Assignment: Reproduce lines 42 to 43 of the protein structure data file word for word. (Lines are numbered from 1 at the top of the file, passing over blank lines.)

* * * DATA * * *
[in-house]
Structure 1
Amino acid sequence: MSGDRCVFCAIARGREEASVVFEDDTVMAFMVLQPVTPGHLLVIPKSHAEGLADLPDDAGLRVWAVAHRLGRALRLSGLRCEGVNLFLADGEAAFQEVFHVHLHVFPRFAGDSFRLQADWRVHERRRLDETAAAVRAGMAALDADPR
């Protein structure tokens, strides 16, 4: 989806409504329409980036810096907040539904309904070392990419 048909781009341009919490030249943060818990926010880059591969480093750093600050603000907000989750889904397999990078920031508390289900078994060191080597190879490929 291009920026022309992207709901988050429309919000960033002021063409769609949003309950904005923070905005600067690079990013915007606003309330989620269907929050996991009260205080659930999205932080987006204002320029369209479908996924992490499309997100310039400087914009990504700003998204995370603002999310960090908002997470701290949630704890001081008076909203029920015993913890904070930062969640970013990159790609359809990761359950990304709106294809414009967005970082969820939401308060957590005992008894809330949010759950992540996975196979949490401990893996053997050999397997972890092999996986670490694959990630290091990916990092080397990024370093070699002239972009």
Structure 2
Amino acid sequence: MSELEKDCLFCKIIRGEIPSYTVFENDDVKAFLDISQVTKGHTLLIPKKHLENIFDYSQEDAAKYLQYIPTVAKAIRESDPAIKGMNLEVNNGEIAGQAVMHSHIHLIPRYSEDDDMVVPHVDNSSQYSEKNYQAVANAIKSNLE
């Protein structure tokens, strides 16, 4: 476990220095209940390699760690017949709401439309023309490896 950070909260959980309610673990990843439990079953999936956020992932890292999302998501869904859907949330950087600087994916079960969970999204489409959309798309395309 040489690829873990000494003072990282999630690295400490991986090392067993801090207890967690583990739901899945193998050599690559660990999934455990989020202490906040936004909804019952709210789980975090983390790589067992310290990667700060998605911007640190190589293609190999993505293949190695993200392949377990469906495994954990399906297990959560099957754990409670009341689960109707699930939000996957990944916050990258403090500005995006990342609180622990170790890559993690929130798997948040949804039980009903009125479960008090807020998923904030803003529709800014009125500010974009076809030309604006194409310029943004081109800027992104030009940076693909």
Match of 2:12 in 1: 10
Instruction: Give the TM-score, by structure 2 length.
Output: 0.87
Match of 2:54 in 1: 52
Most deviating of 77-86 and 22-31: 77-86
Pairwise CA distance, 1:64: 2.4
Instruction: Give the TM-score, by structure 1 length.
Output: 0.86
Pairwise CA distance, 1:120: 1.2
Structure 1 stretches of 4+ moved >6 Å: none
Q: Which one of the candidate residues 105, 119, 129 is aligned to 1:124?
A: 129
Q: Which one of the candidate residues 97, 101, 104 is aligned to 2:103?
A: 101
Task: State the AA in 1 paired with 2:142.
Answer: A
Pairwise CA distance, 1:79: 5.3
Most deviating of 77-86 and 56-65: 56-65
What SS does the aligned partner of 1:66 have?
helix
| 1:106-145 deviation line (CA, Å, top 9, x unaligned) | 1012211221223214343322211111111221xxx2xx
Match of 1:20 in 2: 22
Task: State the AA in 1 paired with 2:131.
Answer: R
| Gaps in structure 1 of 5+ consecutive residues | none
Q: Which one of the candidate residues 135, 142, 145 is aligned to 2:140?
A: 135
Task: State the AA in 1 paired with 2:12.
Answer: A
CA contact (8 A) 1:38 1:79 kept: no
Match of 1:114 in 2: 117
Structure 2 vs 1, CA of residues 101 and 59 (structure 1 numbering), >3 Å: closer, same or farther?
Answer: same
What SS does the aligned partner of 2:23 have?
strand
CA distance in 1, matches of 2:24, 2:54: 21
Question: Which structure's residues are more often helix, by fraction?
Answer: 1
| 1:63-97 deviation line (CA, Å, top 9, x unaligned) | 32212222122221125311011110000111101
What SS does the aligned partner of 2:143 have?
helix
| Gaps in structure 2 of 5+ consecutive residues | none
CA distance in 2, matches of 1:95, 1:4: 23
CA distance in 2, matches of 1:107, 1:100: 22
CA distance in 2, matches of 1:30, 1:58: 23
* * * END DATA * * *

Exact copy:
strand
CA distance in 1, matches of 2:24, 2:54: 21